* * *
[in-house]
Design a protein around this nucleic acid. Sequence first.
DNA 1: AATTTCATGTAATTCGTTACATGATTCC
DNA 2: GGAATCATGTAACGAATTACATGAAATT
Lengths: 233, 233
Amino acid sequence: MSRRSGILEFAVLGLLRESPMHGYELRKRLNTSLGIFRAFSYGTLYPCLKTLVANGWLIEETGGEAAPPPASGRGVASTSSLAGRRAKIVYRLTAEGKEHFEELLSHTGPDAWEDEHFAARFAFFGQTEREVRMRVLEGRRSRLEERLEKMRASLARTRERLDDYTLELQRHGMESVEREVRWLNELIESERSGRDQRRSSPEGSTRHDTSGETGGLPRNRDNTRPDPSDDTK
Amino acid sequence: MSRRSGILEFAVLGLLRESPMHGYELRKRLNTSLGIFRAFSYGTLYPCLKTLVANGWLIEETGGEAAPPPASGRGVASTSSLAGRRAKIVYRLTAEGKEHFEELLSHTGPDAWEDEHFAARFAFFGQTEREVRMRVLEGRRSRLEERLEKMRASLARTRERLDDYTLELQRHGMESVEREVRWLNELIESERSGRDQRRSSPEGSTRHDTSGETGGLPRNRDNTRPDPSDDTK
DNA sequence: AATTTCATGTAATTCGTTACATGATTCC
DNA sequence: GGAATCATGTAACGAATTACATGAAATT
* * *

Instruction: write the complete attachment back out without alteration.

[in-house]
Design a protein around this nucleic acid. Sequence first.
DNA 1: AATTTCATGTAATTCGTTACATGATTCC
DNA 2: GGAATCATGTAACGAATTACATGAAATT
Lengths: 233, 233
Amino acid sequence: MSRRSGILEFAVLGLLRESPMHGYELRKRLNTSLGIFRAFSYGTLYPCLKTLVANGWLIEETGGEAAPPPASGRGVASTSSLAGRRAKIVYRLTAEGKEHFEELLSHTGPDAWEDEHFAARFAFFGQTEREVRMRVLEGRRSRLEERLEKMRASLARTRERLDDYTLELQRHGMESVEREVRWLNELIESERSGRDQRRSSPEGSTRHDTSGETGGLPRNRDNTRPDPSDDTK
Amino acid sequence: MSRRSGILEFAVLGLLRESPMHGYELRKRLNTSLGIFRAFSYGTLYPCLKTLVANGWLIEETGGEAAPPPASGRGVASTSSLAGRRAKIVYRLTAEGKEHFEELLSHTGPDAWEDEHFAARFAFFGQTEREVRMRVLEGRRSRLEERLEKMRASLARTRERLDDYTLELQRHGMESVEREVRWLNELIESERSGRDQRRSSPEGSTRHDTSGETGGLPRNRDNTRPDPSDDTK
DNA sequence: AATTTCATGTAATTCGTTACATGATTCC
DNA sequence: GGAATCATGTAACGAATTACATGAAATT